Smith's band: Marching Cavs debut at UNC game
To some, the September 11 match-up against North Carolina will be the most riveting UVA football game in decades.
But it has nothing to do with the team.
This fall brings the debut of the Marching Cavaliers, the product of years of official unease with its predecessor, the Pep Band.
Thanks in large part to a massive donation from alumnus Carl Smith, the music department has branched out to collaborate with the athletic department to provide musical entertainment at athletic events.
Until this year, UVA was the only ACC school without a marching band. Now– with the jilted members of the Pep Band pledging to continue as a student group even without the athletic department's blessing– it has two.
As a recent arrival at UVA, associate director of bands Douglas Phillips says he doesn't know much about the drama which preceded him, nor does he particularly care to learn about it. "We were brought here to do a job," Phillips says, "and that's what we're going to focus on."
He's certainly got plenty of other things to worry about. Along with the director, Bill Pease, who is likewise a fresh import, Phillips is currently tangled up in the orchestration of a preparatory band camp which began on August 18, a task made all the more formidable by the fact that he's essentially piloting a brand new program in the process.
"We're having a lot of rehearsals as a full ensemble and sectionals, getting to learn the pre-game music," says Phillips. With 170 members and plans for a totally different halftime show at each game, there's a lot to do.
Ten of those members aren't exactly– well, marching "Cavaliers." To fill its ranks, UVA has formed a partnership with Piedmont Virginia Community College. "The goal is to foster the relationship with the community college, almost like a preparatory thing," says Phillips. "A lot of those students want to come to UVA."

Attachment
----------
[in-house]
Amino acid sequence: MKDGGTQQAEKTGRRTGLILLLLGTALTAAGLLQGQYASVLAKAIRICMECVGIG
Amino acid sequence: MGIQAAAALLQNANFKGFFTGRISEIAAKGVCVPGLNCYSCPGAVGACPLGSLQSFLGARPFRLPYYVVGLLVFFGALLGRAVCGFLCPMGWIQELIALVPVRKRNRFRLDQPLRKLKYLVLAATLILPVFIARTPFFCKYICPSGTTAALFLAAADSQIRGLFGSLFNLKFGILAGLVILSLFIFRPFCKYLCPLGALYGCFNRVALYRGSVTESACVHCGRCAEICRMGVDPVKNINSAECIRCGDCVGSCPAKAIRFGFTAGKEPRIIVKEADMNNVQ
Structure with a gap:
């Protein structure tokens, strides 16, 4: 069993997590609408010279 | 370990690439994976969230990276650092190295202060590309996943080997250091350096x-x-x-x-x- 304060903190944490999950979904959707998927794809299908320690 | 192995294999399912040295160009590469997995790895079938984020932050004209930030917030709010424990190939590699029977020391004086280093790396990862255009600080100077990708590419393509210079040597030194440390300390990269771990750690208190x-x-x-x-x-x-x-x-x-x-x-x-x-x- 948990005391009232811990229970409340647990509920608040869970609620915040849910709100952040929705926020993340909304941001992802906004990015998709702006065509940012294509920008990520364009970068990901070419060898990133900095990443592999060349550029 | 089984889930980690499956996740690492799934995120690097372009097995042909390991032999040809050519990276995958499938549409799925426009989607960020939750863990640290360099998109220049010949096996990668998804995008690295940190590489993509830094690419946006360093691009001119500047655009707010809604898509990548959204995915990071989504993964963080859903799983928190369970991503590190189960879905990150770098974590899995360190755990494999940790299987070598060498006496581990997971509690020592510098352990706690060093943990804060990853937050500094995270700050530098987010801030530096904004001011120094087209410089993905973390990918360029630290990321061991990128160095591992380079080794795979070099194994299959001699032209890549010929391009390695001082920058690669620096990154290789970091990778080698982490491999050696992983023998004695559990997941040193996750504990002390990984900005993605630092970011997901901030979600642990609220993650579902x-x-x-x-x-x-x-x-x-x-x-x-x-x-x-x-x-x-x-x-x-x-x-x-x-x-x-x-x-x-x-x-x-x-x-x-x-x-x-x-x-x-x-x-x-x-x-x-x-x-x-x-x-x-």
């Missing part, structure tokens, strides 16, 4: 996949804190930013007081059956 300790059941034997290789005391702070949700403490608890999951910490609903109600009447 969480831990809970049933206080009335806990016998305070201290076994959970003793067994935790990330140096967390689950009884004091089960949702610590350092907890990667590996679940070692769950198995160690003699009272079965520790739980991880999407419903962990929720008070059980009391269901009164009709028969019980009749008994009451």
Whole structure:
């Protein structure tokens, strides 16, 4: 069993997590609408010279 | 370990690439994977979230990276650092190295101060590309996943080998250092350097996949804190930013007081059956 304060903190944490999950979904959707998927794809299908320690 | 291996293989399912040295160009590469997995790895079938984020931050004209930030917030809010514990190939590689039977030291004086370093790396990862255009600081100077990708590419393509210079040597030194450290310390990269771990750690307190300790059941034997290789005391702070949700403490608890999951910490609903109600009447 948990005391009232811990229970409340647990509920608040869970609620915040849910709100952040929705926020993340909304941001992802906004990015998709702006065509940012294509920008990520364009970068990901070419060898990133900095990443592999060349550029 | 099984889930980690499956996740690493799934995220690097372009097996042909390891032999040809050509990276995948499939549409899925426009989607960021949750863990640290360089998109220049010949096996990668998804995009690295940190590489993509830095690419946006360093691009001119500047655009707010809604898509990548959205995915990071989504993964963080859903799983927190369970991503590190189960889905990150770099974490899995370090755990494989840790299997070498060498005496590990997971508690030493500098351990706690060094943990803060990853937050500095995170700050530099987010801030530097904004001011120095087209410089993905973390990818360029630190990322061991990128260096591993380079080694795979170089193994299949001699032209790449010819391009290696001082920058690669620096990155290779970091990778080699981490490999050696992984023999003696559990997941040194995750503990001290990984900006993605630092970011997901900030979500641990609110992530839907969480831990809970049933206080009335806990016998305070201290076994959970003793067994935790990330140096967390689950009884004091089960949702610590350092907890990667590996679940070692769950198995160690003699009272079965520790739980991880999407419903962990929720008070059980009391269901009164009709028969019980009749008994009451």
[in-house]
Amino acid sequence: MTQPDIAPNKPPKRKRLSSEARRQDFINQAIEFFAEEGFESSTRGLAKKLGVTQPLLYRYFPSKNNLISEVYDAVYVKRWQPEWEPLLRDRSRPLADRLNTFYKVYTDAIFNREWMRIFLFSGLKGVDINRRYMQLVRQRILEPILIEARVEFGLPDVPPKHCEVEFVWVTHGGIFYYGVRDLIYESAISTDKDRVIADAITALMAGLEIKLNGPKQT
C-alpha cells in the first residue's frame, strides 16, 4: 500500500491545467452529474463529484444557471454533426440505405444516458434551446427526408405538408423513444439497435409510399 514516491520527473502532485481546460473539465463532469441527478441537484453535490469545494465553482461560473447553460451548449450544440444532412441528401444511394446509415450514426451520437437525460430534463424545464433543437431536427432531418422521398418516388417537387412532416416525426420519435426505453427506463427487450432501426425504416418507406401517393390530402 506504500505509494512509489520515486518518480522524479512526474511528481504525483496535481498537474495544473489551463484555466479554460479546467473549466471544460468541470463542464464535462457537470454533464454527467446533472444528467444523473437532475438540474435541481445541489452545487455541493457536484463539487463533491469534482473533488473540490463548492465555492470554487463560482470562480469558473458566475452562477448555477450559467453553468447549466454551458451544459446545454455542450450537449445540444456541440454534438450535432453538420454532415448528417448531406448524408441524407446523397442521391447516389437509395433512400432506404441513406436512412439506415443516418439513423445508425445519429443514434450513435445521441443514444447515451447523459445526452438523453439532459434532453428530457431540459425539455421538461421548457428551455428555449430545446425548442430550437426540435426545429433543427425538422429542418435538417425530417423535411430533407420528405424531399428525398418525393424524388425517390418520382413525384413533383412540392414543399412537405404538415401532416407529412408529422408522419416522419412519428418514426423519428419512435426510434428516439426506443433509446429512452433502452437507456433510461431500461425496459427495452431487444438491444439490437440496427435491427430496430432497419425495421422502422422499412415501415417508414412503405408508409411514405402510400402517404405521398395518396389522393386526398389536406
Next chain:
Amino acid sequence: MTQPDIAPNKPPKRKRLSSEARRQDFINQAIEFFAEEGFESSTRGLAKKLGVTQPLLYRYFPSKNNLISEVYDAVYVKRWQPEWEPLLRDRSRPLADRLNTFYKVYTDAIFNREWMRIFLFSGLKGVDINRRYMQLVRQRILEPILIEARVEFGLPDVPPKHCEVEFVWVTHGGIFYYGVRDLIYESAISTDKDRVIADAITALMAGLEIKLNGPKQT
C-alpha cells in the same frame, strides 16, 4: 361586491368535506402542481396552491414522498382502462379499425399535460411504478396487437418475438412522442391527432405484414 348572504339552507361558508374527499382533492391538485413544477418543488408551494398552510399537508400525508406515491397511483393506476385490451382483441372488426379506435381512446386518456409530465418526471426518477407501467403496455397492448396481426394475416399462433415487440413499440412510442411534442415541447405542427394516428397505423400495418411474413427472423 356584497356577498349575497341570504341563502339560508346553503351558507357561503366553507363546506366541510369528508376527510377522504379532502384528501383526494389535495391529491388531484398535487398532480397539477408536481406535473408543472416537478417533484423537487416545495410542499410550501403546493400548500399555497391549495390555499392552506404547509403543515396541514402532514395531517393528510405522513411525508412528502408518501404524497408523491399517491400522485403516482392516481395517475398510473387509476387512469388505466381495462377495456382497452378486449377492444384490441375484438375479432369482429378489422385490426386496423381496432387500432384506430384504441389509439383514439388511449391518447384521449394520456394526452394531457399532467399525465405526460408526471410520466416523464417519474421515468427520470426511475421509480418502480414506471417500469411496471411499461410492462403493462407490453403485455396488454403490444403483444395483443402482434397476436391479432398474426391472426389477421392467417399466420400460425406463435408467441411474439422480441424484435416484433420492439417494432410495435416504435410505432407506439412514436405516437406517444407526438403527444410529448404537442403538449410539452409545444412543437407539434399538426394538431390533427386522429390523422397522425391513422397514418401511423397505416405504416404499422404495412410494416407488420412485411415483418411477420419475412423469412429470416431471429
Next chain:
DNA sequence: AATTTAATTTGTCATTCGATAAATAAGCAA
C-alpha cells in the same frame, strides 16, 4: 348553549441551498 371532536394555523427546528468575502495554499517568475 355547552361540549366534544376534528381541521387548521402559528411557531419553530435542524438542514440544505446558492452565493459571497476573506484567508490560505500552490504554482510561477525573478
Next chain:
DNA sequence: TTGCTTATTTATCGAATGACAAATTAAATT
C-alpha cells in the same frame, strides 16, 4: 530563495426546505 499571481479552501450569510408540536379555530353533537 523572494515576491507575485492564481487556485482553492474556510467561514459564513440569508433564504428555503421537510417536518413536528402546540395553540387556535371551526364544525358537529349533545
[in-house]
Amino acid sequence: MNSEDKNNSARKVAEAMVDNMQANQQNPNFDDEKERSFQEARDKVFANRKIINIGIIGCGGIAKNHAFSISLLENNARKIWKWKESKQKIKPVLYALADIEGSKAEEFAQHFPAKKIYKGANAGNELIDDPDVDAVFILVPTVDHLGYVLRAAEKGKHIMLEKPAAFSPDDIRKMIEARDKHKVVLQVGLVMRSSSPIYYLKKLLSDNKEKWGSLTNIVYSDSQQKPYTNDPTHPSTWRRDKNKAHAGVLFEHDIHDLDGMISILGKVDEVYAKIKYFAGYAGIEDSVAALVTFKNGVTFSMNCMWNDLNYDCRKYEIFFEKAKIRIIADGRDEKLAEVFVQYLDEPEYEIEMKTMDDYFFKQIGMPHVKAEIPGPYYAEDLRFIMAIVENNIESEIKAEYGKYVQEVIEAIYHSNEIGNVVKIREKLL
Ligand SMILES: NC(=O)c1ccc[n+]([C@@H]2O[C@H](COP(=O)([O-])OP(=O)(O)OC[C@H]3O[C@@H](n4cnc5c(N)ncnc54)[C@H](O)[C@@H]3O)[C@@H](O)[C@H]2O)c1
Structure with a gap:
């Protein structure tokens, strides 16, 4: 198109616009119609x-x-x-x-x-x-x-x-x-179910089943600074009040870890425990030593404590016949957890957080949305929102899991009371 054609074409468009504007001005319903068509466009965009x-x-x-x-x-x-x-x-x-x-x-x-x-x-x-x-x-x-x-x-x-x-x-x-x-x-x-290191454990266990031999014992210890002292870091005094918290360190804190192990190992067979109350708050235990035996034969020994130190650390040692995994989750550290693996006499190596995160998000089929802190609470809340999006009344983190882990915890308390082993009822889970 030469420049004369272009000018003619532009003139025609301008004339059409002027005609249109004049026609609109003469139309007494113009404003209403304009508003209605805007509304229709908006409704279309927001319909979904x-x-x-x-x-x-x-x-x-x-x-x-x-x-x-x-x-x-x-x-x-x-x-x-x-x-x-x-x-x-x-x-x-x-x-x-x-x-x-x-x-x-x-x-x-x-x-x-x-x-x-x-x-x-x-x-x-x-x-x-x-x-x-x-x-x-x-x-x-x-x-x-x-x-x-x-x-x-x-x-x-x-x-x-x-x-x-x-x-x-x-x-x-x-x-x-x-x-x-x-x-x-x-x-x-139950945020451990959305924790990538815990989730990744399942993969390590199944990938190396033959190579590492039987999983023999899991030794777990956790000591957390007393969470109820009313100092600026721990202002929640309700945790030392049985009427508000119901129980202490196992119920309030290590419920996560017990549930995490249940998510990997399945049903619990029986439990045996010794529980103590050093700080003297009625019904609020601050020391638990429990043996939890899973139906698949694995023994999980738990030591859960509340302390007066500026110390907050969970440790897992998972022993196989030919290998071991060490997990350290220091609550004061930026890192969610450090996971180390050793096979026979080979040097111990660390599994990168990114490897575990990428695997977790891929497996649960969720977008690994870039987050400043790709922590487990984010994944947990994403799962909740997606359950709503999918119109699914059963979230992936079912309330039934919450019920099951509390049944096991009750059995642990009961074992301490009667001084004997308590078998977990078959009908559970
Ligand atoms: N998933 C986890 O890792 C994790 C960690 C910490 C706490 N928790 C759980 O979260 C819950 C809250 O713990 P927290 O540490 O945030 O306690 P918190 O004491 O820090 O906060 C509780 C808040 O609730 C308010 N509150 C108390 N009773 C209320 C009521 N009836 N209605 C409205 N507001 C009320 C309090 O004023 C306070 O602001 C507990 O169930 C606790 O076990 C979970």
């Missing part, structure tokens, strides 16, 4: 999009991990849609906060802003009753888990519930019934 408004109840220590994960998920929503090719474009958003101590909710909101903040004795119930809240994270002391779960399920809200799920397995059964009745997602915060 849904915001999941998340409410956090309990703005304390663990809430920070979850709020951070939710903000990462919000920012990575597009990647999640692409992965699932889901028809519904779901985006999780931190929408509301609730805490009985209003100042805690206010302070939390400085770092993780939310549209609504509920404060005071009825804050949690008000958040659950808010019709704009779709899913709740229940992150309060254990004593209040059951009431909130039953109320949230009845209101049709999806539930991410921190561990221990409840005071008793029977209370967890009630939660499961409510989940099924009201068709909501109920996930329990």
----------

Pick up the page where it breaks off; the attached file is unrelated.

Eventually, they'll find a home in UVA's proposed $47-million performing arts center. Benefactor (and former football star) Smith and his wife also gave $22 million for that 100,000-square-foot megaplex to be located on Emmet Street.
At a press conference last fall, director Pease told the Roanoke Times his band vision: "I want it to be exciting, loud, in your face."
Whatever the sound, the Marching Cavaliers will straddle an odd gap between art, sport, and entertainment. Phillips predicts a high degree of overlap between the new band and the existing performance ensembles in UVA's McIntire Department of Music.
"Of the people who are auditioning" to play at UVA, says Phillips, "the majority are planning to do the marching band. They want to do both, and they can do both."
It remains to be seen just how many familiar marching band tunes will be showing up in the Marching Cavaliers' routine.
"Some places you have cookie-cutter marching bands," says Phillips, seemingly dismissing staples like the Macarena and the Star Wars Imperial March.
"What you hear pre-game are going to be songs with a history at UVA," says Phillips. "We did some research and found some old song books, songs that the Glee Club would have done."
"They're really great songs," he concludes. "They're things that are the University of Virginia's as opposed to things that we're trying to impose. We want to do it from the inside out. We want to do something that's uniquely UVA."
Cavalier sugardaddy: Gridiron and funding star Carl Smith in 2000
FILE PHOTO BY JEN FARIELLO
Marching Cavaliers director Bill Pease.
PHOTO BY JEN FARIELLO